If the thought Principles of Economics makes you cringe, then “SuperFreakonomics” is a book for you. This book takes the dismal science, economics, and applies it to case studies of the weird, exciting, and intriguing. What may have been boring in the context of oil exploration and profitability becomes interesting in the context of prostitutes, monkeys, and even monkey prostitution.
For the past year and a half, much of the population of Syria has been protesting the government of Bashar al-Assad. In the past few months, this protest, which rose out of the Arab Spring in early 2011, has escalated from isolated events of violence to widespread civil war, with the military forces under al-Assad combatting rebel forces.
Graphene is often regarded as a “miracle material” by physicists. Composed of a layer of carbon exactly one atom thick, it has a plethora of potential applications. In the less than ten years, publications numbering in the ten thousands have been released about graphene. Against this background, the Colorado School of Mines’ own Dr. Zhigang Wu recently presented new research on “Band Gap Opening of Graphene with Periodic Structural Modifications.”
The second-worst Atlantic storm of known history, Hurricane Sandy, made landfall in New Jersey on the Atlantic coast on October 29. The hurricane began as a tropical storm in the Western Caribbean Sea, then gained strength as it moved North and became a hurricane. As Sandy moved through the Caribbean Sea, across Jamaica, Cuba, Haiti, the Bahamas, and the Dominican Republic, it caused an estimated $3 billion in damages and claimed over 110 lives in the United States alone.
The technology that makes the XBox Kinect or other motion sensing games is a complex field in computer science. Professor Bill Hoff, along with five graduate students, is heavily involved with research in this field, specifically in the areas of computer vision and pattern recognition.
Rochester, New York – Hydrogen-powered cars have been a goal for scientists and engineers for years, but limitations in catalyst technology have prevented any significant advancements until now. Researchers at the University of Rochester have discovered a catalyst that generates hydrogen molecules at a very high rate, and does so for weeks on end with no decrease in production. By coating cadmium selenide nanoparticles with organic compounds, known as DHLA, they were able to achieve the goal of a robust, fast-acting catalyst. This discovery addresses the main difficulties in hydrogen generation technology, finding catalysts that are inexpensive, easily generated, and robust.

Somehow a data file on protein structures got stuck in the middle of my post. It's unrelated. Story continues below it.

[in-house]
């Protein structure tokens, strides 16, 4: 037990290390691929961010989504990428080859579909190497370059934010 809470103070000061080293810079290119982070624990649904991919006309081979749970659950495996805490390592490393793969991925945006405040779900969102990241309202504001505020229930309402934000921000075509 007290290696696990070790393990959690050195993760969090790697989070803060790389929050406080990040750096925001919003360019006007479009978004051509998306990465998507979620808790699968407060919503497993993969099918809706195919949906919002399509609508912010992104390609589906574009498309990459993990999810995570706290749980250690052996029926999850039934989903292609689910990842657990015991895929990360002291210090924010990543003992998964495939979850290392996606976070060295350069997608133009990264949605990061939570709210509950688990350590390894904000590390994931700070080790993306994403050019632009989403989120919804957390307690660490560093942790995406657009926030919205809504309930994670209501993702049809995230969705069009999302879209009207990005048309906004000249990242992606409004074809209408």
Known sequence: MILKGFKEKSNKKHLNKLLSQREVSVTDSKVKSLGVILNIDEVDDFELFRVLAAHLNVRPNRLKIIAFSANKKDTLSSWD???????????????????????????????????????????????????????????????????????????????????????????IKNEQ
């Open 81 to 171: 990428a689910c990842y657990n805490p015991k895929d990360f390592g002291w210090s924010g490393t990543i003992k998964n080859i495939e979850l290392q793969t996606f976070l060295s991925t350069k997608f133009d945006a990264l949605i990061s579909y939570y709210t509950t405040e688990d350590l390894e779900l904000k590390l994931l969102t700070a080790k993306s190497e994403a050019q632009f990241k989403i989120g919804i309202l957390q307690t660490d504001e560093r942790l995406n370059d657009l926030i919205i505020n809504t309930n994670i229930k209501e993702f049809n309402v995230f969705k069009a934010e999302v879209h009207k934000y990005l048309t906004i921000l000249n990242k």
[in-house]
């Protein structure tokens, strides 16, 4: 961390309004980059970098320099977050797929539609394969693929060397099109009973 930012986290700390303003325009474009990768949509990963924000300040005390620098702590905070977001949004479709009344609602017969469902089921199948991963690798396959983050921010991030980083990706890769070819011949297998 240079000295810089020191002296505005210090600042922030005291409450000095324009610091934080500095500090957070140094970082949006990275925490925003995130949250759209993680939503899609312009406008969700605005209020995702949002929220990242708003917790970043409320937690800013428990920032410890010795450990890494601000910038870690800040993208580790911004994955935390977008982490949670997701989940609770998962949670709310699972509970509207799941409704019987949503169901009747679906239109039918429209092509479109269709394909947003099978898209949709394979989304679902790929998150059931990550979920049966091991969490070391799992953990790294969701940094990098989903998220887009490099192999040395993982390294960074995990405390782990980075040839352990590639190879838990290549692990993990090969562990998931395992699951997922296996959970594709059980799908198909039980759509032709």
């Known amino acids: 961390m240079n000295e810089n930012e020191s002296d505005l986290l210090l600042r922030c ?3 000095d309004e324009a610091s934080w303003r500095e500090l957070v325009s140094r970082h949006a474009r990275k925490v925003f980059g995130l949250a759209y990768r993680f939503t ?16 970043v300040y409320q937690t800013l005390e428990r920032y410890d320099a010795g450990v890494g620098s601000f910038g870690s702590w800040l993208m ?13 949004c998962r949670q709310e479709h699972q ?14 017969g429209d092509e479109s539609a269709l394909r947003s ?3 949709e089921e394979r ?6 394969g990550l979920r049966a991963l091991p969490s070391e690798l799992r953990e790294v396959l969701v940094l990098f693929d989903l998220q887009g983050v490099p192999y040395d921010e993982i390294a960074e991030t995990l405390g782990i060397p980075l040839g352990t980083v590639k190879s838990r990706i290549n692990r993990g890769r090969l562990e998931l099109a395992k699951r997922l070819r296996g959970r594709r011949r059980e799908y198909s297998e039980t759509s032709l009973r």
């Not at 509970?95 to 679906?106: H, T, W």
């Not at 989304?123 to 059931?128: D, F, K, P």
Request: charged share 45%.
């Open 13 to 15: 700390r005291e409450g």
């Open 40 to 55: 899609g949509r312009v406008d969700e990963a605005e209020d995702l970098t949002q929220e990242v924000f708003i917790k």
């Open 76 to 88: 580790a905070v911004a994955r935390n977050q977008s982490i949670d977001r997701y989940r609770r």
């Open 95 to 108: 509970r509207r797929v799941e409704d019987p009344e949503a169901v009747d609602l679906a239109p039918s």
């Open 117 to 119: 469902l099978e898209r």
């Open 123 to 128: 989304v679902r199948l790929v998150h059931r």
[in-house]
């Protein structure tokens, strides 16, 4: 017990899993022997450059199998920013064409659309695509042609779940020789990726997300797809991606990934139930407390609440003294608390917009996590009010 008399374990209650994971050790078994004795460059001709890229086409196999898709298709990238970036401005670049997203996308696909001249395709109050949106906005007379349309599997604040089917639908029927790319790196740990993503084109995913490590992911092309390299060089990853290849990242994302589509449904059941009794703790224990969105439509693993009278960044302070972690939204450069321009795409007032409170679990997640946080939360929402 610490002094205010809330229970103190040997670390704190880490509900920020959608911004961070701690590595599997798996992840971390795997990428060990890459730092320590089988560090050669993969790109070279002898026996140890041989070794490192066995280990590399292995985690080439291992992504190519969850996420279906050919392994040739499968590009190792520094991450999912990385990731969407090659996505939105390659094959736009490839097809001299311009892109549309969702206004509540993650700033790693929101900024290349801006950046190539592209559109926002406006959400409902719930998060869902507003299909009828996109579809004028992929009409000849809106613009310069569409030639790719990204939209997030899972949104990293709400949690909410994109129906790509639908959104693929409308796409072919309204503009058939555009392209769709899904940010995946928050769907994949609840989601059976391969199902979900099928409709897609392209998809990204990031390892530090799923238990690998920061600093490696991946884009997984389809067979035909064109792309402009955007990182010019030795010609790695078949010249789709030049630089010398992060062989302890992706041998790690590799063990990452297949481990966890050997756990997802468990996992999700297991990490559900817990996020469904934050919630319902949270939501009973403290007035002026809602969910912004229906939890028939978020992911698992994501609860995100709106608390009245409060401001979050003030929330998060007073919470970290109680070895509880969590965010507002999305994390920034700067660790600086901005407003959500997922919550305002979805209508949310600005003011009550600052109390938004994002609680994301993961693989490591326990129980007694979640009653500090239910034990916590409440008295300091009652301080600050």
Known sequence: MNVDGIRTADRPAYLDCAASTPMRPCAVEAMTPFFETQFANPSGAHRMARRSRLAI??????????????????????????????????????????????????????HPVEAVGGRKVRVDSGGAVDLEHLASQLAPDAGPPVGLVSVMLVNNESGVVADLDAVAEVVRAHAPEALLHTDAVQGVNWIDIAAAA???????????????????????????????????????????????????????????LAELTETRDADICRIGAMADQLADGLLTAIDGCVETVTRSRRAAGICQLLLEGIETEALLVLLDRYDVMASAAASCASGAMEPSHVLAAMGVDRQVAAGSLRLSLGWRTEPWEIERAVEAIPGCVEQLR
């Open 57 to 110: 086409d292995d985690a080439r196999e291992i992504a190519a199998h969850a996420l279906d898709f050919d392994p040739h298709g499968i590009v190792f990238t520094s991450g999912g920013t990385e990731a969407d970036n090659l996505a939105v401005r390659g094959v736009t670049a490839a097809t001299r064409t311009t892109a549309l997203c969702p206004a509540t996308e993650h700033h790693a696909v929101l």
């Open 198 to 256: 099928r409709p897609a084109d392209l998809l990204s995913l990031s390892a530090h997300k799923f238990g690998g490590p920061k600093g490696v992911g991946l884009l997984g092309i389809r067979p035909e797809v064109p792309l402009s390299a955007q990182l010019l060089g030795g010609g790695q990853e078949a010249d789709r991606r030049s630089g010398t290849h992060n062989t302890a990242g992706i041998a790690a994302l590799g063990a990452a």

Syrian opposition groups from the entire Middle East region have plans to gather this week in an effort to unify the opposition to Bashar al-Assad’s government. UN agencies, aid workers, Arab League members, and the Friends of Syria movement all gathered to reach an agreement on how to deal with Syria, where humanitarian aid organizations say that some 35,000 people have been killed since the fighting began.
The No. 12 Colorado School of Mines volleyball team entered the week needing just two wins to claim the outright RMAC title for the first time in school history. With games against Colorado Christian University and UC-Colorado Springs, the Orediggers were looking to make their mark on the record books.
Volleyball – #12 CSM 3, UCCS 0 – Junior Melanie Wannamaker led all players with 14 kills, and Sarah Pekarek added 14 digs as the No. 12 Orediggers cruised past UCCS in the regular season finale. Mines improved to 17-2 in RMAC play, good enough to earn their first conference title in school history. Mines has now won seven straight and looks to extend that streak as they host the quarterfinal round of the RMAC Tournament.
The Colorado School of Mines Football team travelled to Nebraska to take on No. 21 Chadron State in the snow in the final matchup of the season. Unfortunately for the Orediggers, the final result was 20-14 in Chadron’s favor, but in a year plagued with injuries, Mines ended up with a respectable 6-5 record.